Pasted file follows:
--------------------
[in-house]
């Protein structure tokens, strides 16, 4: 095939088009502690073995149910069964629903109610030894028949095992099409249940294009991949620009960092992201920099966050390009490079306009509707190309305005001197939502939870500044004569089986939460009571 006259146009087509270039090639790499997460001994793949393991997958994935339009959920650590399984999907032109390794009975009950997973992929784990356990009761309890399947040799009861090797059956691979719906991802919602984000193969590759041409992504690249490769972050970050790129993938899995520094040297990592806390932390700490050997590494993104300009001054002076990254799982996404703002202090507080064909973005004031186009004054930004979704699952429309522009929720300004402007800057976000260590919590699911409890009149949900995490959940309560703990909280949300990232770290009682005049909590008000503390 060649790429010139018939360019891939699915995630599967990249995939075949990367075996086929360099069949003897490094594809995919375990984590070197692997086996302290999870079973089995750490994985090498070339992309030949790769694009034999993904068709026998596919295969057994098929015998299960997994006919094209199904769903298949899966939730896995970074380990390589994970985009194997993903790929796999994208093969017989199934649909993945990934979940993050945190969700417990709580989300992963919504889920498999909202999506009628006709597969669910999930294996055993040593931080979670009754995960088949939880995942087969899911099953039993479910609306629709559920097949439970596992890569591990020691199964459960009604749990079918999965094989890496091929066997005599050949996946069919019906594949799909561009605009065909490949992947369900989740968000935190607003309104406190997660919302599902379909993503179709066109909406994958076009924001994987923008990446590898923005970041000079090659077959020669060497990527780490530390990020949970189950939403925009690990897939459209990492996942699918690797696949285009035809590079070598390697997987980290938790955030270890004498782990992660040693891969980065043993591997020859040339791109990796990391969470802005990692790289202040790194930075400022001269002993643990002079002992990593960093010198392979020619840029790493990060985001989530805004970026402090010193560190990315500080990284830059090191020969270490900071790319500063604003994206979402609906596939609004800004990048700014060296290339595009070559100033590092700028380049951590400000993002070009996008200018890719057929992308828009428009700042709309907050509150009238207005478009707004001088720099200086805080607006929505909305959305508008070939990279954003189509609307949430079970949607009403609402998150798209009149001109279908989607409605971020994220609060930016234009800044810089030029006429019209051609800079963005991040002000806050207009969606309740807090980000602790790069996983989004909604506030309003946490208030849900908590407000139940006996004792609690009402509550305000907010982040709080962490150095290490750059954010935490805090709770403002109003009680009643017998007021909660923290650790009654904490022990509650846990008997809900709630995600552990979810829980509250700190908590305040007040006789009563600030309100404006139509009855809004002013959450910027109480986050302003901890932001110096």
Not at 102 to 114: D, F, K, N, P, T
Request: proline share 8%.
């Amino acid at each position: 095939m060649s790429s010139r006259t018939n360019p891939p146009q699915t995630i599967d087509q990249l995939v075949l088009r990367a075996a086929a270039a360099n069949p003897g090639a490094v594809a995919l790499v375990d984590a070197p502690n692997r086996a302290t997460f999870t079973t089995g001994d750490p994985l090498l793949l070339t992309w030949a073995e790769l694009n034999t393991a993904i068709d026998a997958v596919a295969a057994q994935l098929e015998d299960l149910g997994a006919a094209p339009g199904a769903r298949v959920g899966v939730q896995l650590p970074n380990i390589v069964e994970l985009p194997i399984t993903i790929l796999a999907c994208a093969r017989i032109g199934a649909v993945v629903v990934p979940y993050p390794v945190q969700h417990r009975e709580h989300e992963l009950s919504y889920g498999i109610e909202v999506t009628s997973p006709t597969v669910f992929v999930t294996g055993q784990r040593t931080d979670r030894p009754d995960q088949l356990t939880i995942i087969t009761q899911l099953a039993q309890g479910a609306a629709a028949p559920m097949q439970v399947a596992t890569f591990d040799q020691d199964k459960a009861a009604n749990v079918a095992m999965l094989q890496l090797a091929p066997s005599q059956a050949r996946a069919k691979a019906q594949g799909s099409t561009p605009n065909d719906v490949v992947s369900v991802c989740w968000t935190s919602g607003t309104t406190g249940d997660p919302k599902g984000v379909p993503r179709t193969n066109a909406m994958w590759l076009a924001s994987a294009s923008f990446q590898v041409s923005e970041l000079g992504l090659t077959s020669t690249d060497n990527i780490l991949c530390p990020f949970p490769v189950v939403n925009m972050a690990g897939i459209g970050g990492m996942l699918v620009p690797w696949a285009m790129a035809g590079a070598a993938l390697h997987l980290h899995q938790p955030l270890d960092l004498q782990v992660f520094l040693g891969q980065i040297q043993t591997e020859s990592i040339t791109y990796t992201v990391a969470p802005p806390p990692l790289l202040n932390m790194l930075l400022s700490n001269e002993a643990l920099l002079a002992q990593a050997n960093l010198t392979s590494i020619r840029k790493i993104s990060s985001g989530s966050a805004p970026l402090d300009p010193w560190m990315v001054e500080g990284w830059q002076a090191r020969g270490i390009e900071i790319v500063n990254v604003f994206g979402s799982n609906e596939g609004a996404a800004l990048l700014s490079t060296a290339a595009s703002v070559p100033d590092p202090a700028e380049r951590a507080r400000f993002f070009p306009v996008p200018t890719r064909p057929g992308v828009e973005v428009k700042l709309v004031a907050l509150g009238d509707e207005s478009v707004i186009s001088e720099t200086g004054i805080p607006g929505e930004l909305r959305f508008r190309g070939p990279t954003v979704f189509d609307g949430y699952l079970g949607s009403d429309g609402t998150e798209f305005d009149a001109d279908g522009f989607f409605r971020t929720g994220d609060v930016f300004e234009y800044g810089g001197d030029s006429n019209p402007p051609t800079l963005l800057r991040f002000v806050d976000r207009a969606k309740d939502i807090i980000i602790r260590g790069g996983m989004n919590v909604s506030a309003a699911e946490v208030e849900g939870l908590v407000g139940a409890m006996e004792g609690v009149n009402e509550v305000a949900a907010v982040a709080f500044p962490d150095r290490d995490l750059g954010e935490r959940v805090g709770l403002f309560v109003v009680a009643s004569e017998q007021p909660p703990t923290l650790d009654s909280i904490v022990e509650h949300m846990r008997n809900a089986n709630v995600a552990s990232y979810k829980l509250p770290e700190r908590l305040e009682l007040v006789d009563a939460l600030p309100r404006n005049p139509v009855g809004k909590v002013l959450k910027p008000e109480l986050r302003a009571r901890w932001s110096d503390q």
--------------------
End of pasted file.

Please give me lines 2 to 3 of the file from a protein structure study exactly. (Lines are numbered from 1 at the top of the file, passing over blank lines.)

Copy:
């Protein structure tokens, strides 16, 4: 095939088009502690073995149910069964629903109610030894028949095992099409249940294009991949620009960092992201920099966050390009490079306009509707190309305005001197939502939870500044004569089986939460009571 006259146009087509270039090639790499997460001994793949393991997958994935339009959920650590399984999907032109390794009975009950997973992929784990356990009761309890399947040799009861090797059956691979719906991802919602984000193969590759041409992504690249490769972050970050790129993938899995520094040297990592806390932390700490050997590494993104300009001054002076990254799982996404703002202090507080064909973005004031186009004054930004979704699952429309522009929720300004402007800057976000260590919590699911409890009149949900995490959940309560703990909280949300990232770290009682005049909590008000503390 060649790429010139018939360019891939699915995630599967990249995939075949990367075996086929360099069949003897490094594809995919375990984590070197692997086996302290999870079973089995750490994985090498070339992309030949790769694009034999993904068709026998596919295969057994098929015998299960997994006919094209199904769903298949899966939730896995970074380990390589994970985009194997993903790929796999994208093969017989199934649909993945990934979940993050945190969700417990709580989300992963919504889920498999909202999506009628006709597969669910999930294996055993040593931080979670009754995960088949939880995942087969899911099953039993479910609306629709559920097949439970596992890569591990020691199964459960009604749990079918999965094989890496091929066997005599050949996946069919019906594949799909561009605009065909490949992947369900989740968000935190607003309104406190997660919302599902379909993503179709066109909406994958076009924001994987923008990446590898923005970041000079090659077959020669060497990527780490530390990020949970189950939403925009690990897939459209990492996942699918690797696949285009035809590079070598390697997987980290938790955030270890004498782990992660040693891969980065043993591997020859040339791109990796990391969470802005990692790289202040790194930075400022001269002993643990002079002992990593960093010198392979020619840029790493990060985001989530805004970026402090010193560190990315500080990284830059090191020969270490900071790319500063604003994206979402609906596939609004800004990048700014060296290339595009070559100033590092700028380049951590400000993002070009996008200018890719057929992308828009428009700042709309907050509150009238207005478009707004001088720099200086805080607006929505909305959305508008070939990279954003189509609307949430079970949607009403609402998150798209009149001109279908989607409605971020994220609060930016234009800044810089030029006429019209051609800079963005991040002000806050207009969606309740807090980000602790790069996983989004909604506030309003946490208030849900908590407000139940006996004792609690009402509550305000907010982040709080962490150095290490750059954010935490805090709770403002109003009680009643017998007021909660923290650790009654904490022990509650846990008997809900709630995600552990979810829980509250700190908590305040007040006789009563600030309100404006139509009855809004002013959450910027109480986050302003901890932001110096």
Not at 102 to 114: D, F, K, N, P, T